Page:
If you don’t have the time to stop in Bologna for a few days, you can consider making it a day trip from Florence since the Florence-Bologna train ride takes barely half an hour.

Day trips

This, I think it’s a very nice pro of visiting Bologna. From the city, you can plan many easy day trips by train or by tour. For example, cities like Parma, Ravenna, and Modena are very interesting and if you have limited time, you might not want to stay more than a day in each of them.

Other places like Maranello and its Ferrari museum are also very popular and easy to reach from Bologna. If you are a fan, you might be interested in this experience organized by LivTours with a visit to the Ferrari factory and museum and also a test drive.

Image: Fresh pasta in local markets in Bologna.

Its markets

Bologna’s markets are an important piece of local history and still a vibrant place to visit and to have a casual meal.

In the city center, you can’t miss Mercato delle Erbe, the old veggie market that still now sells fresh produce as well as other regional delicacies like Parmigiano, Modena’s balsamic vinegar, mortadella, and fresh pasta.

Here, there is also a section with rustic restaurants where to have a delicious local meal.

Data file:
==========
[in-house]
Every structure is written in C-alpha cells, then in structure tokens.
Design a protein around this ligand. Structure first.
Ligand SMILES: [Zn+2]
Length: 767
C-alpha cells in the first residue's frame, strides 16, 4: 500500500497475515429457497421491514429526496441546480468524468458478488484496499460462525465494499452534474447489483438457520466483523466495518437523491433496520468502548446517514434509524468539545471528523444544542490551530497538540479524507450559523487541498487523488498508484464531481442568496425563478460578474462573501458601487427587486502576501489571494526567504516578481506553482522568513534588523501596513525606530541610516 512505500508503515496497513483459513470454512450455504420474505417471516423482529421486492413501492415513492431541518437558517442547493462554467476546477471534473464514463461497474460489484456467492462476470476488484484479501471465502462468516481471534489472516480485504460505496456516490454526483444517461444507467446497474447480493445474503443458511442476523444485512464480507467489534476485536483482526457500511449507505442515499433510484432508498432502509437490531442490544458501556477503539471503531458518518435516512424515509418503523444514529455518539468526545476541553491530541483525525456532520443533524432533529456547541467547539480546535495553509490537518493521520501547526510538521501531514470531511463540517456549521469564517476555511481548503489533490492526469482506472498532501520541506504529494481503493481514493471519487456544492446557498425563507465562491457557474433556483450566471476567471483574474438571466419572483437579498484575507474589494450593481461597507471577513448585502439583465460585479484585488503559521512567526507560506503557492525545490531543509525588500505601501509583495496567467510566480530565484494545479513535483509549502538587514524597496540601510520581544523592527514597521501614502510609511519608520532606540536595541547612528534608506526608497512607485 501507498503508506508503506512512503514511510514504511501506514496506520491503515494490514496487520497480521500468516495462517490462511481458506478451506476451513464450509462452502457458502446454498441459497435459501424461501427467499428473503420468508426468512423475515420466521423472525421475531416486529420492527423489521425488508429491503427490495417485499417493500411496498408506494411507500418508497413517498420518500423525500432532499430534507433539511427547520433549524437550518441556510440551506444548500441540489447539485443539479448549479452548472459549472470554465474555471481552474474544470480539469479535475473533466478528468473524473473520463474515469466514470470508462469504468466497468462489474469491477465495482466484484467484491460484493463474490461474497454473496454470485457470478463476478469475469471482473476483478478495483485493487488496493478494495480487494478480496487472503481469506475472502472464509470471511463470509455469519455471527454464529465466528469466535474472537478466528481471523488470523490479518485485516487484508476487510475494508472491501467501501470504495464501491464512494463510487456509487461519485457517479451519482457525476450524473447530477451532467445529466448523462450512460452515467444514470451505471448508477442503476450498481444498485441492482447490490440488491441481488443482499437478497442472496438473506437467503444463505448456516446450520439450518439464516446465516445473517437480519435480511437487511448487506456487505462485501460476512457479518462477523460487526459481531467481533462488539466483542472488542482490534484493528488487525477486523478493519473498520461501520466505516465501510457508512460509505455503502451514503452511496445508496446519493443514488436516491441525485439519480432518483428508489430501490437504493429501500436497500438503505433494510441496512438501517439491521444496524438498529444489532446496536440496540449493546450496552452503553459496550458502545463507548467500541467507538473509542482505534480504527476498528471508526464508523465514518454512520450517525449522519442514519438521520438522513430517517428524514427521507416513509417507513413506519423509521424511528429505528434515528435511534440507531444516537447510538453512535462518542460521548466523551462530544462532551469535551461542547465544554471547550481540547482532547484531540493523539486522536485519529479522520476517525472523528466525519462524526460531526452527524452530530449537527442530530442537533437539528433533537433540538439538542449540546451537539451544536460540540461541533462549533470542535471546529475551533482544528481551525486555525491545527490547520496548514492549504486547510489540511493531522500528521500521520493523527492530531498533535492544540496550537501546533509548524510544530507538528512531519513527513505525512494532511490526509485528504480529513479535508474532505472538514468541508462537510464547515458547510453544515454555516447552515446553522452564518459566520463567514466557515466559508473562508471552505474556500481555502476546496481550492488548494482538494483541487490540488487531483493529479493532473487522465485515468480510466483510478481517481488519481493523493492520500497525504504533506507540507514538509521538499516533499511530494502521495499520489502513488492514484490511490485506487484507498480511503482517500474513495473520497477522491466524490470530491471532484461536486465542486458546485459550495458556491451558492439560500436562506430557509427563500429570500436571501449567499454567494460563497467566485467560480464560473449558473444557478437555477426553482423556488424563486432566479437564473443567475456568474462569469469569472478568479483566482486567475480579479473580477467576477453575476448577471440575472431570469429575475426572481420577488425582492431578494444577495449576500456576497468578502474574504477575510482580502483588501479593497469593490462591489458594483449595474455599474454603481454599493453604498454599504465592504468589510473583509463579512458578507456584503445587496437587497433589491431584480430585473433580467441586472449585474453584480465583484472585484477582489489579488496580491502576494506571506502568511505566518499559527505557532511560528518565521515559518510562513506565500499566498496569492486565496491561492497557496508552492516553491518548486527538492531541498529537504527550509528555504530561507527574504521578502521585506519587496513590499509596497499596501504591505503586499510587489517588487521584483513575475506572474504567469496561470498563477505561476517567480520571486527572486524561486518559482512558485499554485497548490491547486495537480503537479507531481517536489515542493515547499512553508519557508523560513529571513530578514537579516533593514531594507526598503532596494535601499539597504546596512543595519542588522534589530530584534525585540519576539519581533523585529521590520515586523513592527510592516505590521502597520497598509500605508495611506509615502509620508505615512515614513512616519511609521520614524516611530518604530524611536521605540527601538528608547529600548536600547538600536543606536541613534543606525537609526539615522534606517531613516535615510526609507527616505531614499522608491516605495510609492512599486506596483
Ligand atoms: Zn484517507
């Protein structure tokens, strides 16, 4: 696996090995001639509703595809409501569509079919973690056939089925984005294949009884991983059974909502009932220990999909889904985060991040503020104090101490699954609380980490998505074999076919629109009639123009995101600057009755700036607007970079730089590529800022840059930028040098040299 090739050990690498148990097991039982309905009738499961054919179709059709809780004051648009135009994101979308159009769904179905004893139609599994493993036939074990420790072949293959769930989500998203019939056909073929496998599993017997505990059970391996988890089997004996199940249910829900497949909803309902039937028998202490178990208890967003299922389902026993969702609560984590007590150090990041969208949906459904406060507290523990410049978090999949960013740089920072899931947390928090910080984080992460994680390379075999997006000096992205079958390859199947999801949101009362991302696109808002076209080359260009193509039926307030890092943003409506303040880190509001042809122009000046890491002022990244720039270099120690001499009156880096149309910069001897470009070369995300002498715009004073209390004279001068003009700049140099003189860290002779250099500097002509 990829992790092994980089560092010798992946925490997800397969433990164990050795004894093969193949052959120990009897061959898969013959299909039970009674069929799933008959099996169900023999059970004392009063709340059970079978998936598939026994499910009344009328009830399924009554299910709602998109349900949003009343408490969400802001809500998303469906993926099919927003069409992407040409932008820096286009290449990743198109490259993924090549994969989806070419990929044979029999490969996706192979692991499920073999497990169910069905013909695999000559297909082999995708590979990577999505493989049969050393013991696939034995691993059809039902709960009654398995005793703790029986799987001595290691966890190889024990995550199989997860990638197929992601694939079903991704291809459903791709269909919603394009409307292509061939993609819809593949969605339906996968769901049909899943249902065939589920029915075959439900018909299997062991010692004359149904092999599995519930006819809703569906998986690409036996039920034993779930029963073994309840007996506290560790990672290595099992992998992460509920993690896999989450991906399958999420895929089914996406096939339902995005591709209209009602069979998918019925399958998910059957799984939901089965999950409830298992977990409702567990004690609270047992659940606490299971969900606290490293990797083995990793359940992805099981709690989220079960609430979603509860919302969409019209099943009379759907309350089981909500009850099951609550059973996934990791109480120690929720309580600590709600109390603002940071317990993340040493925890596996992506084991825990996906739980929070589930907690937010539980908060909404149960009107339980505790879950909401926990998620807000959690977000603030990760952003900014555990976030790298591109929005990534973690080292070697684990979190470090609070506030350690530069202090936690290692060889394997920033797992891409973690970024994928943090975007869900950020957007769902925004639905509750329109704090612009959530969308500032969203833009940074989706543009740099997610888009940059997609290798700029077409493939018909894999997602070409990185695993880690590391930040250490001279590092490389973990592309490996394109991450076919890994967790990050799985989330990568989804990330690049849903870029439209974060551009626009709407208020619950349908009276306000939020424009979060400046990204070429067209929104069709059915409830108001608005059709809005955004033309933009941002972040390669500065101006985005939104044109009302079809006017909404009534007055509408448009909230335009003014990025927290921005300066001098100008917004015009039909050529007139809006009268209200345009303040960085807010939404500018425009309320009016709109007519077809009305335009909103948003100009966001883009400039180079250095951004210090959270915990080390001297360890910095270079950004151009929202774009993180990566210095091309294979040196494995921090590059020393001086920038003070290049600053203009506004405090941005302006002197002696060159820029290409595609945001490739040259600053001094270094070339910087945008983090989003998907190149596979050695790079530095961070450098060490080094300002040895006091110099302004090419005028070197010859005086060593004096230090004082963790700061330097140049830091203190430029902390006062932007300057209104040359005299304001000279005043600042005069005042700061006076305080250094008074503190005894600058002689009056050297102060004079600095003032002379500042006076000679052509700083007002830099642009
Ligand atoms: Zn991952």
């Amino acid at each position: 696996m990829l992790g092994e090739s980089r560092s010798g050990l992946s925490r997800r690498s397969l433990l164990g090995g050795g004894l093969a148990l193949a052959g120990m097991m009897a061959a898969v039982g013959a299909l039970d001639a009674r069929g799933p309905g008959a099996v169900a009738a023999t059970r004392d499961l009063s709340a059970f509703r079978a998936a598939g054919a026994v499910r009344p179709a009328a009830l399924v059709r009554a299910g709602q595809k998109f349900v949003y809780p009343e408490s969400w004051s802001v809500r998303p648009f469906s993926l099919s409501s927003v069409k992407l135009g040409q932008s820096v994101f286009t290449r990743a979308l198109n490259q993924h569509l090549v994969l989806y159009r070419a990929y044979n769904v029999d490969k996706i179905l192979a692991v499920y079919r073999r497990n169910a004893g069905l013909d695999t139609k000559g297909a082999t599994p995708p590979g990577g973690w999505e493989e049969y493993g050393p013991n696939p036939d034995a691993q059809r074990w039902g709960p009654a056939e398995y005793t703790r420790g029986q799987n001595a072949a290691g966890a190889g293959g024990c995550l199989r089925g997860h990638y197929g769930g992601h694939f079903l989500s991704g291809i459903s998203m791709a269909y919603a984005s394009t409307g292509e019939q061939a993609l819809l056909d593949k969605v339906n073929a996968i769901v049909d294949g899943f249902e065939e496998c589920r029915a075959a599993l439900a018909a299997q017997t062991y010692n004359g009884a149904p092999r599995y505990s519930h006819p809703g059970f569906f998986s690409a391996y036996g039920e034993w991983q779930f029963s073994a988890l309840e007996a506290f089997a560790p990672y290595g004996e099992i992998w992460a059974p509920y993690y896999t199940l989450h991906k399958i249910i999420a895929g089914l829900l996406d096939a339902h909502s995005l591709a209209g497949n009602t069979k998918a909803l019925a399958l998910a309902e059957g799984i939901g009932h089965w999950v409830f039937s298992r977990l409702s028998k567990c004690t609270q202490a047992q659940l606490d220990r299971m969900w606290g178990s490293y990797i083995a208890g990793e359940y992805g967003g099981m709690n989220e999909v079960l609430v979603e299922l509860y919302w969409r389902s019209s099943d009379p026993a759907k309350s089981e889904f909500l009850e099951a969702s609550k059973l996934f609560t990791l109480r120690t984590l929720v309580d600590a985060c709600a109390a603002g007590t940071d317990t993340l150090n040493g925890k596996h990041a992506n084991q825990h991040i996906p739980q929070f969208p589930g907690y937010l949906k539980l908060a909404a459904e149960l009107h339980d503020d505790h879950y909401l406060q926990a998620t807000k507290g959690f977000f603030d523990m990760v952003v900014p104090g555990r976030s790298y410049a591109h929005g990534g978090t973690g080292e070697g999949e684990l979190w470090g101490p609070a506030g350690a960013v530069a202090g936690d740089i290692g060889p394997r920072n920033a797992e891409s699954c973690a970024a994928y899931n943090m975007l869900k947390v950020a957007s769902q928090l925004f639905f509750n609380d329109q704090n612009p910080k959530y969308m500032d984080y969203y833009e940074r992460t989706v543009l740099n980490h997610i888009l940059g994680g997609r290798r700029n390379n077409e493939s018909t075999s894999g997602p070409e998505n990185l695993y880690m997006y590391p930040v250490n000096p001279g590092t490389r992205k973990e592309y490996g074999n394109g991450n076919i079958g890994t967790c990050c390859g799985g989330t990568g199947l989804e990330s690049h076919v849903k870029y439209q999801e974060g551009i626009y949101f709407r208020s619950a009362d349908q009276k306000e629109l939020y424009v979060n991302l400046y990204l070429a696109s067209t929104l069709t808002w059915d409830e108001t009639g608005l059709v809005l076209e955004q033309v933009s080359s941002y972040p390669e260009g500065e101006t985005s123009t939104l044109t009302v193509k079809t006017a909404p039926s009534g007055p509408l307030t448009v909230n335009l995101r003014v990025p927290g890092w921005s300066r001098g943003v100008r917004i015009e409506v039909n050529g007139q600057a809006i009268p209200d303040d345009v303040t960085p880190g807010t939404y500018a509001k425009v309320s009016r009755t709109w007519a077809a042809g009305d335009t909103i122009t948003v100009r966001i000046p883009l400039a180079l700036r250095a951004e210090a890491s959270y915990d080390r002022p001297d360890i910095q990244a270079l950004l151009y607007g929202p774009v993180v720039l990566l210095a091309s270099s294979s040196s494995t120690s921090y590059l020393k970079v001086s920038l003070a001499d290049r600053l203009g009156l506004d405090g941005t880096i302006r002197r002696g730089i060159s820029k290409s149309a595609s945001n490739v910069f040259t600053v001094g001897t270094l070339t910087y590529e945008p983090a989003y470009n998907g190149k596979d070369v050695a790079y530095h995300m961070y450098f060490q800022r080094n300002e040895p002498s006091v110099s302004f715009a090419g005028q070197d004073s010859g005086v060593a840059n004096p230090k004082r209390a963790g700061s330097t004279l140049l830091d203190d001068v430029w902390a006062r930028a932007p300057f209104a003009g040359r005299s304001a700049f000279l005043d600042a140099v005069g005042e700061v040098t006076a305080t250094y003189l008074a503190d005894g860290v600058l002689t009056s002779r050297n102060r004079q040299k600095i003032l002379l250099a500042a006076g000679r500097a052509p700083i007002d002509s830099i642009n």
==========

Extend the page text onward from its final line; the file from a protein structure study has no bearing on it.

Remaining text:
Image: Is Bologna worth visiting? You will find fewer crowds.

Fewer crowds

If you are coming from Venice or Florence, you are definitely going to enjoy sightseeing surrounded by fewer crowds. Bologna, in fact, is still much less touristy than other Italian big draws.

This makes it one of the reasons to visit Bologna because you can have a more authentic experience and a better quality tour altogether.

Cons of visiting Bologna

The weather

I have to admit, I’m not a big fan of the weather in Bologna and the Emilia Romagna region in general. In winter, it’s cold and foggy, in summer, it’s stifling hot. When we visited Parma in August, we were badly attacked by mosquitoes.

The prices

Even though much less expensive than Venice, Bologna is not the cheapest city to visit in Italy. For example, a single bus ticket costs €1.50 like in Rome, but in Rome, it has a 100-minute validity while in Bologna it’s only valid for 75 minutes.

Accommodation-wise, too, Bologna is a bit pricey and if you don’t mind walking or using the bus, you can consider staying out of the historic center. To eat out, you will find plenty of options, also not too expensive, so this won’t be your biggest expense.

Is Bologna worth visiting? My honest opinion

In short, yes, Bologna is absolutely worth visiting, especially if you are a foodie or interested in local gastronomy in general because many of the Italian foods famous all over the world are from the Emilia-Romagna region.

I’m very passionate about history and culture, and I loved visiting the Arciginnasio, Bologna’s ancient university, the oldest in Europe.

It might not be worth staying for five days like I suggest for Rome, but I think Bologna is a great destination to hit if you are in Italy.